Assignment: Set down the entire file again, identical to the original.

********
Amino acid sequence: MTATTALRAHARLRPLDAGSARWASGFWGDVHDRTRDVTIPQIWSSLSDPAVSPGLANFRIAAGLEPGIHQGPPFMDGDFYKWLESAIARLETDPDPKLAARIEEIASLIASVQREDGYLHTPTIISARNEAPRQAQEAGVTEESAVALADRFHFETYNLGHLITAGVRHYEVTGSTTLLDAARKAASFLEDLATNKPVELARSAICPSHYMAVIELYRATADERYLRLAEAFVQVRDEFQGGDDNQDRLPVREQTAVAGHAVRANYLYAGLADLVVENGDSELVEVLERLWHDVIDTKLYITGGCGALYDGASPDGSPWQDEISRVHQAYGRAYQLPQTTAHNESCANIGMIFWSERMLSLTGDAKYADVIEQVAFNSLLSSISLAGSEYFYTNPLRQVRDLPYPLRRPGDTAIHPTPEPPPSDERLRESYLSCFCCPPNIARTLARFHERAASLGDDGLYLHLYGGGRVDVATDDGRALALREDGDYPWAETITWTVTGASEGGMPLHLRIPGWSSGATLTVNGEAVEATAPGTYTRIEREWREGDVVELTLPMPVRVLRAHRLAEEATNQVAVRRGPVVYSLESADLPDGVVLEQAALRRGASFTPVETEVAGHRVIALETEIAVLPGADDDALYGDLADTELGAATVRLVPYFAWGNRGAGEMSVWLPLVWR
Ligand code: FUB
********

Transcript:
Amino acid sequence: MTATTALRAHARLRPLDAGSARWASGFWGDVHDRTRDVTIPQIWSSLSDPAVSPGLANFRIAAGLEPGIHQGPPFMDGDFYKWLESAIARLETDPDPKLAARIEEIASLIASVQREDGYLHTPTIISARNEAPRQAQEAGVTEESAVALADRFHFETYNLGHLITAGVRHYEVTGSTTLLDAARKAASFLEDLATNKPVELARSAICPSHYMAVIELYRATADERYLRLAEAFVQVRDEFQGGDDNQDRLPVREQTAVAGHAVRANYLYAGLADLVVENGDSELVEVLERLWHDVIDTKLYITGGCGALYDGASPDGSPWQDEISRVHQAYGRAYQLPQTTAHNESCANIGMIFWSERMLSLTGDAKYADVIEQVAFNSLLSSISLAGSEYFYTNPLRQVRDLPYPLRRPGDTAIHPTPEPPPSDERLRESYLSCFCCPPNIARTLARFHERAASLGDDGLYLHLYGGGRVDVATDDGRALALREDGDYPWAETITWTVTGASEGGMPLHLRIPGWSSGATLTVNGEAVEATAPGTYTRIEREWREGDVVELTLPMPVRVLRAHRLAEEATNQVAVRRGPVVYSLESADLPDGVVLEQAALRRGASFTPVETEVAGHRVIALETEIAVLPGADDDALYGDLADTELGAATVRLVPYFAWGNRGAGEMSVWLPLVWR
Ligand code: FUB